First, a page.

Gee, I guess that's going to set the world on fire.

Mike wrote:

but that would be belaboring the obvious

There are a small number of topics for which that's a good thing.

Anonymous said...

People go to school because they don't want to join the Army. The Army has their own schools. (West Point, USAFA, etc.)

Jeff said...

Gee anonymous you really don't get it do you. Whether the school wants the military recruiters or not is not the issue. The issue is the childish behavior of supposed adults. These 18 - 22 year olds do not want the military there so instead of peacefully engaging in a debate about whether they belong there, they physically attack the recruiters. Their basic message is that I don't like it, I don't want it, I don't want anyone else to have it either and if I don't get my way I will throw a tantrum.

Would you want to hire or work with someone who has that kind of mentality? What happens in a job setting if something happens that they don't approve of? What if you say something they don't approve of and become the target of there childish attacks?

We are raising a generation of college educated thugs who believe they have a right to shut down debate if they do not like what is being said, even to the point of trying to injure those they disagree with. This is not an isolated incident. The founder of the Minuteman Project comes to mind. with those rushing the stage shouting the "You have no right to speak in this debate."

These students need to grow up and the school administration needs to quit empowering them or the real world, with all its diverse people and opinions on issues, will be a living hell for them.

Darren said...

Anonymous, that's not necessarily why people go to "school", but ok. Even if that were true, why not just pass by the recruiting booths at the job fair? Or are you/UCSC students not "tolerant" enough even to share the same building, for a couple hours, with military recruiters at a job fair?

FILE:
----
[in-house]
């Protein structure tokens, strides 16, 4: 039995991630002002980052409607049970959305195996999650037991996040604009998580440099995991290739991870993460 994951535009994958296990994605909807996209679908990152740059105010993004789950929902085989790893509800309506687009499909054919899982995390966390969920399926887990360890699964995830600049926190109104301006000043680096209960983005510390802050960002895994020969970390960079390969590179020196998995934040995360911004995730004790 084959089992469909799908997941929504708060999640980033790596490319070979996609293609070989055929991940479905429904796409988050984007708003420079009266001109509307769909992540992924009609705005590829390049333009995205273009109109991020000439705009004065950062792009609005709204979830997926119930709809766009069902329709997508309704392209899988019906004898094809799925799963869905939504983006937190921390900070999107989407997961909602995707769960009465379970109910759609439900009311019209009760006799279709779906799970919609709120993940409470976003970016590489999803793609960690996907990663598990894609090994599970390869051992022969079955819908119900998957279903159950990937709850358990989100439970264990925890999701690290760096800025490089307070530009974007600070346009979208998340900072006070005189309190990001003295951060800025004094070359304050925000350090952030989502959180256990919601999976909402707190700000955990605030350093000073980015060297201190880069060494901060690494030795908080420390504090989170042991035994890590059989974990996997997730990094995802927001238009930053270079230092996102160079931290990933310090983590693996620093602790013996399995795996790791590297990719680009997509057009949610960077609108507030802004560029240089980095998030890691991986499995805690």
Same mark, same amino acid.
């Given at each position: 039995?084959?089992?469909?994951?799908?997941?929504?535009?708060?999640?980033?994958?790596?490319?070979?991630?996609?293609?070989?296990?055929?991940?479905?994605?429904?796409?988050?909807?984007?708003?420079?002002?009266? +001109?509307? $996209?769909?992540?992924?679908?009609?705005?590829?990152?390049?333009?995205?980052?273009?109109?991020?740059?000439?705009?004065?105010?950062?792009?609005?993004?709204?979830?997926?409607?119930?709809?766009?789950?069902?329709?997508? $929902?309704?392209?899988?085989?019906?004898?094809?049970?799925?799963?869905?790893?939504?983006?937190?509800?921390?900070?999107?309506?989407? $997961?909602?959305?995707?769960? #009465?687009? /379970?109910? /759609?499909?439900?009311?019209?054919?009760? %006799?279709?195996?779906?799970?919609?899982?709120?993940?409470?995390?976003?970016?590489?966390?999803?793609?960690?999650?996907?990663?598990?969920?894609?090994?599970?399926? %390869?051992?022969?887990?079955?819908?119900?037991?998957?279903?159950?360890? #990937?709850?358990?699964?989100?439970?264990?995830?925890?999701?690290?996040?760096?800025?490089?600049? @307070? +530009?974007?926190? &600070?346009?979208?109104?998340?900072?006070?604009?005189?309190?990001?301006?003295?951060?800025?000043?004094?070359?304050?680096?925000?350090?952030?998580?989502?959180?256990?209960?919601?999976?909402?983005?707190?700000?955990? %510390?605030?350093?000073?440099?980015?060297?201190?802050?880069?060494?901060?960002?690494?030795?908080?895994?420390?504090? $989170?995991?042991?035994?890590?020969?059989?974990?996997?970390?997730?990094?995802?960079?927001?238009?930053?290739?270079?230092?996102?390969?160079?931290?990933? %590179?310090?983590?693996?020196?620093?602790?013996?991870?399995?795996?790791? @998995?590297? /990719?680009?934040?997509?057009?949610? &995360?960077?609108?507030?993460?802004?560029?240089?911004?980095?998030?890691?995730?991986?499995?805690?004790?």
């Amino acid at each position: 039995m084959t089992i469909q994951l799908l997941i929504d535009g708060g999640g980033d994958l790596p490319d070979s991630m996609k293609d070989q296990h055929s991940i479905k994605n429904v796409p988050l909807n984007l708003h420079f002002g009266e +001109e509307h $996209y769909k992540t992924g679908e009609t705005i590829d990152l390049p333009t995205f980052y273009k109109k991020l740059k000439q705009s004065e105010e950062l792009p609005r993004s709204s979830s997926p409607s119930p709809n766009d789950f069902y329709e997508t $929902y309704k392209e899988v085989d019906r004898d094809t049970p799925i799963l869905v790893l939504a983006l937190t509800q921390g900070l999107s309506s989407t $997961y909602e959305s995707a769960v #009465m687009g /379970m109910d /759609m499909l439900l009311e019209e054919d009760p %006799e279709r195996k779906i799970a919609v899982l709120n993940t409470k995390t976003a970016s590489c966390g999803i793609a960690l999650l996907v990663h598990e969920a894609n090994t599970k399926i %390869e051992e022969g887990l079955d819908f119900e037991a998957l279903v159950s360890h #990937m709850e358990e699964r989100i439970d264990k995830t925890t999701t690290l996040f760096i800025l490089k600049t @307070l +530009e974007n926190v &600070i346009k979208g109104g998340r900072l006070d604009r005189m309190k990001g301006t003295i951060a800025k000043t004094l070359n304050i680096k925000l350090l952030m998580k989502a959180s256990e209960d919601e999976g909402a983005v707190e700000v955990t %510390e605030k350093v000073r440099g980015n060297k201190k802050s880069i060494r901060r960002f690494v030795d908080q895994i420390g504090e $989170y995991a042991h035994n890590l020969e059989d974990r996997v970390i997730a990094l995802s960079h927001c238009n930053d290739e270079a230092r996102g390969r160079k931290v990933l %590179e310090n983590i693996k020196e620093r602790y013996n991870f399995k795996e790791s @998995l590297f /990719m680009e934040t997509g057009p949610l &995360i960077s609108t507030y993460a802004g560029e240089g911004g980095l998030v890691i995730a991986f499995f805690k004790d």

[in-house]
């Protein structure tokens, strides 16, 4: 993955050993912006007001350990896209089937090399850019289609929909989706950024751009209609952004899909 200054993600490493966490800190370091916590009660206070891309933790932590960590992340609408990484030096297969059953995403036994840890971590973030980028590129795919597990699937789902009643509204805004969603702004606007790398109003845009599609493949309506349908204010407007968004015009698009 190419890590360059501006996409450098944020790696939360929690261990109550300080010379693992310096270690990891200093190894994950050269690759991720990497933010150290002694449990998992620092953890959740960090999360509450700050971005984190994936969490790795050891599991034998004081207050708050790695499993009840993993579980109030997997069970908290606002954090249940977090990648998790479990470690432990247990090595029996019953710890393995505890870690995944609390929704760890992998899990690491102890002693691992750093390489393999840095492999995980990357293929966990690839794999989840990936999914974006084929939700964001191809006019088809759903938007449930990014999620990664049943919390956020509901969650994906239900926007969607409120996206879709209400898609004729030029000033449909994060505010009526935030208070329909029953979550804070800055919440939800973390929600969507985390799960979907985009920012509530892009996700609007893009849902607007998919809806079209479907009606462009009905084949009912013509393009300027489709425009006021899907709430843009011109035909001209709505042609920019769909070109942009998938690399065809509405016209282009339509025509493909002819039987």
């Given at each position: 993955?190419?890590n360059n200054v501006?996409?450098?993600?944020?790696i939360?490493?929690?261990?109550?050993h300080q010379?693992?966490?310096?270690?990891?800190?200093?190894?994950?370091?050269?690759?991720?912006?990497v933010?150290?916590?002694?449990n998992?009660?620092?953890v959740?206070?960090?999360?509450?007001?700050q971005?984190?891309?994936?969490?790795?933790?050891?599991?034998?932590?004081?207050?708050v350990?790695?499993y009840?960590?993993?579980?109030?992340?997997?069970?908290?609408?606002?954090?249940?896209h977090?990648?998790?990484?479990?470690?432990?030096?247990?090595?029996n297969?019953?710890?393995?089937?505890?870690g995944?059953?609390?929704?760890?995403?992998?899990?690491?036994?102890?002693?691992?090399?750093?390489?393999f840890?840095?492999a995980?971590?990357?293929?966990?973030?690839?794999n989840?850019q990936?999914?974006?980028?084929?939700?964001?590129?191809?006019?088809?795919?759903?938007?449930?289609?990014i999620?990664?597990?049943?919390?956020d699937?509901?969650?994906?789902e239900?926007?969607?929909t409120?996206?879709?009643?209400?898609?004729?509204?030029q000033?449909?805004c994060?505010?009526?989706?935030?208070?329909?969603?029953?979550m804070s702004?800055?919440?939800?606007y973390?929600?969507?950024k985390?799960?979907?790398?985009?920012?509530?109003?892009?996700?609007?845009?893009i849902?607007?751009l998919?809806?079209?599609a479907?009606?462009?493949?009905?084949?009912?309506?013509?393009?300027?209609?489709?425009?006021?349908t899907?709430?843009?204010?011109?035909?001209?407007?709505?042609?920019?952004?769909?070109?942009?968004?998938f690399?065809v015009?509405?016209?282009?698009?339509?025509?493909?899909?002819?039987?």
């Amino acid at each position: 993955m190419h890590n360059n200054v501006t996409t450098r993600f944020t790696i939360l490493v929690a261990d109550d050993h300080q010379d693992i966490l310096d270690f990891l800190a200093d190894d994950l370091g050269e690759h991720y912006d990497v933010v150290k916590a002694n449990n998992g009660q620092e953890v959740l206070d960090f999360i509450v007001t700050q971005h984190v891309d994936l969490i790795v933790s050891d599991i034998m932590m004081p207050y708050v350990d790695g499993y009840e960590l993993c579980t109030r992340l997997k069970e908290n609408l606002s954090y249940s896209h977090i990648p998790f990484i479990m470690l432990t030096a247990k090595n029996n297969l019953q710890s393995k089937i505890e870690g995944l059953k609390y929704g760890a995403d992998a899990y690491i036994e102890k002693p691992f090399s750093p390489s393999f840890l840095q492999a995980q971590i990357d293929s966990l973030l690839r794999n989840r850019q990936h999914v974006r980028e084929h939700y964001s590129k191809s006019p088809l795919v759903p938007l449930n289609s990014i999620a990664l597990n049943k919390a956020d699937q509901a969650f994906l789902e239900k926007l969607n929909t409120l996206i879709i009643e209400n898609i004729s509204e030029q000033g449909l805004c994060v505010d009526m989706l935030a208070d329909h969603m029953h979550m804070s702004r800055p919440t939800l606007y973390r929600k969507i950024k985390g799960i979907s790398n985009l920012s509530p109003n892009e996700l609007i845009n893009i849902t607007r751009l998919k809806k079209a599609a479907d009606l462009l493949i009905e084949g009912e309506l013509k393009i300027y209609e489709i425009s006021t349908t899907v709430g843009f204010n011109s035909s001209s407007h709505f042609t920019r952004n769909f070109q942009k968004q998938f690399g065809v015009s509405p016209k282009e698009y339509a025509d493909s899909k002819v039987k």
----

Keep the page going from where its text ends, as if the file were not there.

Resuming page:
Jetgirl said...

I am honestly galled by Anon's comments.

The sheer shortsightedness of some people to assume that because THEY do not like the military all other students on every other campus must not either. I guess not one person on any campus might be interested in the military.

I went to college to have a better chance of becoming a Navy pilot. Didn't pan out, but recruiters were always a worthwhile resource.

Anonymous said...

*home on a snow day*
First of all, if I were a military recruiter, I would go to the ACLU and demand access to the event on the grounds that it is discriminatory to exclude anyone under federal law. If the university balks at this, I would put them on notice that ALL federal grants including PELL grants would be under review since an entity that opens itself to recieving federal funds needs to also open itself to any and all federal entities that desire to recruit. I would wonder if they are similarly concerned about the FBI, CIA and Secret Service, who all have staffs that are recruited from computer science, foreign language and accounting majors as well as military or public service majors. I think the students who desire these groups on campus could also pose a legal hurdle to the PC of the administration by stating publicly that they are being denied access to all possible job venues. You have to take it public and you have to make it sting.